For a few years, we lived in New Orleans…the OTHER “Sin City.” The bars are open 24/7, there are drive-through liquor “barns,” and on any given night in the French Quarter you have to dodge and weave past the intoxicated tourists, hookers, and hawkers attempting to lure you into a nearby strip club.
We had family come to town one weekend and took them sightseeing in the Garden District and for beignets in the French Quarter. They wanted to visit Bourbon Street, so we headed that direction. As it was a weekend evening, the crowds were out and the partying had already begun. While in the midst of a conversation with our guests, a raggedy looking “gentleman” attempted to shove something in my hands. Thinking it was another advertisement for a strip club, I waved him off, gave a firm, “No, thank you,” and continued walking. The gentleman then, in his southern drawl, proclaimed VERY LOUDLY to those in the area, “Did you hear that?? She said NO, THANK YA to JESUS!” Apparently, he was in the God business and not the strip club business and had attempted to hand me scripture printed on a small card.
Had I known, I probably would have still said, “No, thank you,” to Jesus, because I’m not a religious person. That’s not to say that I’m not a spiritual person, because I am. I believe in a higher power and we have frequent, albeit one-sided, discussions. However, I’m not a fan of organized religion – and all of the guilt, pressure, and hypocrisy that often comes along with it. Please note, I said OFTEN – not ALWAYS! I know that there are many people out there who are VERY religious, as well as kind, compassionate, forgiving, and accepting of others (not just those who are the same color, religion, and not gay or “different.”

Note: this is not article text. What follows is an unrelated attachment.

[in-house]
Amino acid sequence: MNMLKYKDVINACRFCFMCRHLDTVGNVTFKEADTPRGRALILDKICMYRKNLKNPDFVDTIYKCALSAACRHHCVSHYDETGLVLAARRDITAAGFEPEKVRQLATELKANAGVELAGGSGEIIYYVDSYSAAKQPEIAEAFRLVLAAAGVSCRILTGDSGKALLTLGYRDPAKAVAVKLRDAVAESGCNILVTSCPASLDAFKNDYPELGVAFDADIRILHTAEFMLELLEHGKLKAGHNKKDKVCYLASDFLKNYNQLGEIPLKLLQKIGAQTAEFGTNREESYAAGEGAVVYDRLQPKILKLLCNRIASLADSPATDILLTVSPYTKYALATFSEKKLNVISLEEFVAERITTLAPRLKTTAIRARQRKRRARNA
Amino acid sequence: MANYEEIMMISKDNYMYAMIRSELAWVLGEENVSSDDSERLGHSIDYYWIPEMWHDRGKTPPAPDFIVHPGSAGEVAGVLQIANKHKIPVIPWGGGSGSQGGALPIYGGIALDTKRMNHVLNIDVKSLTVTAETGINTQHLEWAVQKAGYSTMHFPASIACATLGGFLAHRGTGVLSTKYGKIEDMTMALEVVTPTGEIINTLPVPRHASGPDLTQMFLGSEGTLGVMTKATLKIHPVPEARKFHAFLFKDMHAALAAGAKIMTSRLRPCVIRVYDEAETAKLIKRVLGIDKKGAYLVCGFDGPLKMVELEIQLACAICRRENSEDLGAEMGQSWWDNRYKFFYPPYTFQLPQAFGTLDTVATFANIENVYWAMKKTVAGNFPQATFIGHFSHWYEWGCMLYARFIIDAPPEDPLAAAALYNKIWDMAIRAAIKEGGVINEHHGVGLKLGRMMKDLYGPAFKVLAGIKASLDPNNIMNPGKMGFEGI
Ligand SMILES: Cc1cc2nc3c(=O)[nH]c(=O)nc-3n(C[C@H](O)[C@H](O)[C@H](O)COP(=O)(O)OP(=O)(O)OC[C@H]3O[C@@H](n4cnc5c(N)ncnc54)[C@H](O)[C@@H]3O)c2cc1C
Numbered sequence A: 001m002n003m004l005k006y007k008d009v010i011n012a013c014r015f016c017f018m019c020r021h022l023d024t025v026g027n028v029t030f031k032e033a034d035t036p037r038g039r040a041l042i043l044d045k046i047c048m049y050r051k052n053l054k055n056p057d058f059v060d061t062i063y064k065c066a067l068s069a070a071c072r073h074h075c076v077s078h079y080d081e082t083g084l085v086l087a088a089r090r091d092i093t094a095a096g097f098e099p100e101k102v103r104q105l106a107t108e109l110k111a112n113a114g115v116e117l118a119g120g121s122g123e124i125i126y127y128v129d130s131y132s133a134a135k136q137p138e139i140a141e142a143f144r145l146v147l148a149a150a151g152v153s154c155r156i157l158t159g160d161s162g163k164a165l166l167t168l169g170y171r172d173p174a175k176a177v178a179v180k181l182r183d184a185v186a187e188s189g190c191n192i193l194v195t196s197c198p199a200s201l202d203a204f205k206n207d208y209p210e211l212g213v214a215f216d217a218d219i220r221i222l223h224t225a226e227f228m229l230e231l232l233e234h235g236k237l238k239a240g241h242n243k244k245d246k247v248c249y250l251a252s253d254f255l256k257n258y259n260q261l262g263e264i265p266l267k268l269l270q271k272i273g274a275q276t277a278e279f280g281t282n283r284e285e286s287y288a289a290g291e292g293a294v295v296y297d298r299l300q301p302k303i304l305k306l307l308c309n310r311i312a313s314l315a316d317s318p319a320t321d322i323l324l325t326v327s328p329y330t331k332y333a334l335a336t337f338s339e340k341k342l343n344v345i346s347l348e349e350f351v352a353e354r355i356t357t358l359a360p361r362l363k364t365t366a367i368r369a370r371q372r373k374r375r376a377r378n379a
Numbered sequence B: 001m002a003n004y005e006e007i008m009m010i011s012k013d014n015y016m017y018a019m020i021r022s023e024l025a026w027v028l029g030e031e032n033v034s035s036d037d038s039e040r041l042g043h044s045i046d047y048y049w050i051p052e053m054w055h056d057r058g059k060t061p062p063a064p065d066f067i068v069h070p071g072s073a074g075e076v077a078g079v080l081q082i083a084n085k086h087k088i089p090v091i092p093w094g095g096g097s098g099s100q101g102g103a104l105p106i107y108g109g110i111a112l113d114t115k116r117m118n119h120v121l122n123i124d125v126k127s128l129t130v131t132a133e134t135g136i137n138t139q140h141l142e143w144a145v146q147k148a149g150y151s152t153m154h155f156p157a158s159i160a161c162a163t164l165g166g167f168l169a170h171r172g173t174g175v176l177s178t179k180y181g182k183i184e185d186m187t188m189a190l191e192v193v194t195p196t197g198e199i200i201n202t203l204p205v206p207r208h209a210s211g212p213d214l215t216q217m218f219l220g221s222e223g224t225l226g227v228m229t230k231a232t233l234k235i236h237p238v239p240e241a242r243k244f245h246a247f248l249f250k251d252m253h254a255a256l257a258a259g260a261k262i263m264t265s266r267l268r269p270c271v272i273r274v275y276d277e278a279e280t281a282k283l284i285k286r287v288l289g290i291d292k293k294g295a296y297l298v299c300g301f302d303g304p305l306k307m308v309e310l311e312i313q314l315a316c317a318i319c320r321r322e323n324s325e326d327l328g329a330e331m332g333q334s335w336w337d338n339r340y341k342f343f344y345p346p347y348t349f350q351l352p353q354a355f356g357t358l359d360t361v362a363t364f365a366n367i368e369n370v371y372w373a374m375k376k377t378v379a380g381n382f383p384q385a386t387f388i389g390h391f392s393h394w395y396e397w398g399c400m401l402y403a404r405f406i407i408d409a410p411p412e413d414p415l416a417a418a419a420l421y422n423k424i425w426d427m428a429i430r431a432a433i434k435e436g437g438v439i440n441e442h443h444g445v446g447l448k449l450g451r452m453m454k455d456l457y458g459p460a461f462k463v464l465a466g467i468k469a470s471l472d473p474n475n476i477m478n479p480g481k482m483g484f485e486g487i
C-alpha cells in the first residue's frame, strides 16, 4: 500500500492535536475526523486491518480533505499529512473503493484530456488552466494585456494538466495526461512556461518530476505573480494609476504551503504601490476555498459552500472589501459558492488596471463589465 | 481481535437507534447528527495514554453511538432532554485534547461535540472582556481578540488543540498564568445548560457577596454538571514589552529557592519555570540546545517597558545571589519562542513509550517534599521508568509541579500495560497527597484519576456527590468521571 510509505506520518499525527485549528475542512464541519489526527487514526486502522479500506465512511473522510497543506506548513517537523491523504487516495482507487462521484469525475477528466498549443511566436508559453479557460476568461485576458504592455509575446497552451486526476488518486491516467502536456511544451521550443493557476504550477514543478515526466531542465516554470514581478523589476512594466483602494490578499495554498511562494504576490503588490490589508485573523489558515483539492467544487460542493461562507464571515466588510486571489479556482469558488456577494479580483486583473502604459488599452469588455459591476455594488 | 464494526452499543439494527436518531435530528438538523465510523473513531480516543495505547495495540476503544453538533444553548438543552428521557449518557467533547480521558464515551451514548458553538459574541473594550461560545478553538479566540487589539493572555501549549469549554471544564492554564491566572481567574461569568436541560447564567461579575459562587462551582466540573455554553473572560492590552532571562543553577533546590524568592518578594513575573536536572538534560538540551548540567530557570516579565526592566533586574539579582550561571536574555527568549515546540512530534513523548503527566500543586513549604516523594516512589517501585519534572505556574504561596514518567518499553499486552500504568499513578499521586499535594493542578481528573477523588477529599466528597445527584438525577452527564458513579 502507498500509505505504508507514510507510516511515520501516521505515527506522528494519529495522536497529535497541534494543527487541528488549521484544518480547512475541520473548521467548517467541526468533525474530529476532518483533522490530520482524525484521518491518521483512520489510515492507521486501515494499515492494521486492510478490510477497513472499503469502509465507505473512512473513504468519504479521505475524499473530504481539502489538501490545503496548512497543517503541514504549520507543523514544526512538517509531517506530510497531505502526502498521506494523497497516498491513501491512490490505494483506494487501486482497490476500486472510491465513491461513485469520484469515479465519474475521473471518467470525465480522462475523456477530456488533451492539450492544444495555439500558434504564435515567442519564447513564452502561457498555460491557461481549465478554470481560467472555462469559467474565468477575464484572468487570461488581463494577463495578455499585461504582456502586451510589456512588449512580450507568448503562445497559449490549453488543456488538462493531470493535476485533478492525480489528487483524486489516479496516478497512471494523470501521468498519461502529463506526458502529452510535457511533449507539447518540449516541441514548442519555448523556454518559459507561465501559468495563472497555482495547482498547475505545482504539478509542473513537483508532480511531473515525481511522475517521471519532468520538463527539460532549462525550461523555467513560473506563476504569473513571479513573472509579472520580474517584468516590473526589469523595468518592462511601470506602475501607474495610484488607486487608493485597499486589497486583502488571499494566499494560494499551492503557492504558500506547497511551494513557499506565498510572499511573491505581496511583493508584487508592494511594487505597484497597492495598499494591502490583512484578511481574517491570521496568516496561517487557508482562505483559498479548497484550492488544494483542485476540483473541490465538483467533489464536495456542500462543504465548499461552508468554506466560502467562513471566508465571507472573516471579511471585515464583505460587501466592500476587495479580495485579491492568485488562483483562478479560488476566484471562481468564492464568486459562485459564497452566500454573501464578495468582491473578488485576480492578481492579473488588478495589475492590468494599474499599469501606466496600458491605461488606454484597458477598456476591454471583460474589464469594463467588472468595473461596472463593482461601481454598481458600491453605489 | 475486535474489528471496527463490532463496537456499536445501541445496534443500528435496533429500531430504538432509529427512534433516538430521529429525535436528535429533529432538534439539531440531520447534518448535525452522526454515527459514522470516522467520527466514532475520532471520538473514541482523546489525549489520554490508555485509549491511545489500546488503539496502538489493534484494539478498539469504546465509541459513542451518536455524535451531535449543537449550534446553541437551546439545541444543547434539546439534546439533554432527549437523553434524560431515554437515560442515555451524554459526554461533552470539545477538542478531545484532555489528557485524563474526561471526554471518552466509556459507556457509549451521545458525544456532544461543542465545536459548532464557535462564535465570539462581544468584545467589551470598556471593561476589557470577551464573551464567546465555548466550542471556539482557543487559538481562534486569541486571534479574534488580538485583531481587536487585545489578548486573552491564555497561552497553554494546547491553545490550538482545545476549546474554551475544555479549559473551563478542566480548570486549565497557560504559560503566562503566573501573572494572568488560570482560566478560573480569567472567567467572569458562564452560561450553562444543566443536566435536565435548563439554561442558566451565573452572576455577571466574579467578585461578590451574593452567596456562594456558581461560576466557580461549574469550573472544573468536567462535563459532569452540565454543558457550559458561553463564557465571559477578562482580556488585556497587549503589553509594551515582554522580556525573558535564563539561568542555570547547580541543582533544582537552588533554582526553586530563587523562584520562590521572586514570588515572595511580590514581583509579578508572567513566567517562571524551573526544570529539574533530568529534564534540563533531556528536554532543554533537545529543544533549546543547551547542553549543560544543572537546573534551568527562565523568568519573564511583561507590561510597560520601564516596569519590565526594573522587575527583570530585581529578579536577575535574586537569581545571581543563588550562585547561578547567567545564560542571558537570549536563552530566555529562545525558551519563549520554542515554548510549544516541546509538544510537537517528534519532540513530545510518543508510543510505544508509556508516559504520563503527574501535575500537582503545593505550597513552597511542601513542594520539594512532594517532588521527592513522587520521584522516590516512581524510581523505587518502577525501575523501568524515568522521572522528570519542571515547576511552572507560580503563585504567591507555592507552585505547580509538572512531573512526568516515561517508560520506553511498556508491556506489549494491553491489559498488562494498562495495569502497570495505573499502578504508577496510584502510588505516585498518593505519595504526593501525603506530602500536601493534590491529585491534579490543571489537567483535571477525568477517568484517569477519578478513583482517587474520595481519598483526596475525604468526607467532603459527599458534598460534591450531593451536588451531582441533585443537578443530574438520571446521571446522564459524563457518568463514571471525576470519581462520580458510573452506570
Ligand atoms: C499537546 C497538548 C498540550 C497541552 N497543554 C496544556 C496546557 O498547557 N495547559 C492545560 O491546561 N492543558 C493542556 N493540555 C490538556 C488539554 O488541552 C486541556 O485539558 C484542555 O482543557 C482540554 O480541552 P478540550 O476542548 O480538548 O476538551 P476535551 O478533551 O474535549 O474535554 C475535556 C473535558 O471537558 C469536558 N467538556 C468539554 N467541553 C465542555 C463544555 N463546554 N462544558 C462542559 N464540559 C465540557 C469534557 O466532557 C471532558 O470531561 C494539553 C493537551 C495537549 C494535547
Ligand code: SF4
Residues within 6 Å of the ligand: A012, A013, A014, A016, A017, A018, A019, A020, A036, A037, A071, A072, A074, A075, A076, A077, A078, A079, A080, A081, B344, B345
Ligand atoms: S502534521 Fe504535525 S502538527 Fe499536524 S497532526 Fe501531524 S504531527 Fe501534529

As I’ve discussed in past posts, I grew up in a Mormon family – with devout Mormon parents. I was baptized into the Church at an early age and I was expected to regularly attend Church meetings, abide by Church rules, and conform into the stereotypical good Mormon girl. Yeah…that didn’t happen so much. Instead I rebelled – and loudly. I had a problem (and still do) with arbitrary authority figures and those who felt that they had the power and right to judge me and my actions. But as any inactive Mormon, or Catholic, or Baptist can tell you – the indoctrination (and associated guilt) sticks with you – and then you feel even more guilty (and angry) for feeling guilty in the first place. It’s like a little religious hamster wheel where you just go ‘round and ‘round, with the occasional moment of clarity where you can accept yourself for who you are and where you are in your spiritual growth.
If the day ever comes where I find a church that preaches only love and acceptance, that doesn’t attempt to scare members into following the straight and narrow by threatening an eternal separation from God, that doesn’t choose a select few to be in charge of and in judgment of others, and that allows and forgives the sarcastic and slightly wicked sense of humor that I have – maybe I’ll give religion another shot. Until then, I’ll keep having my one-sided conversations with God – because he and I? We’re good.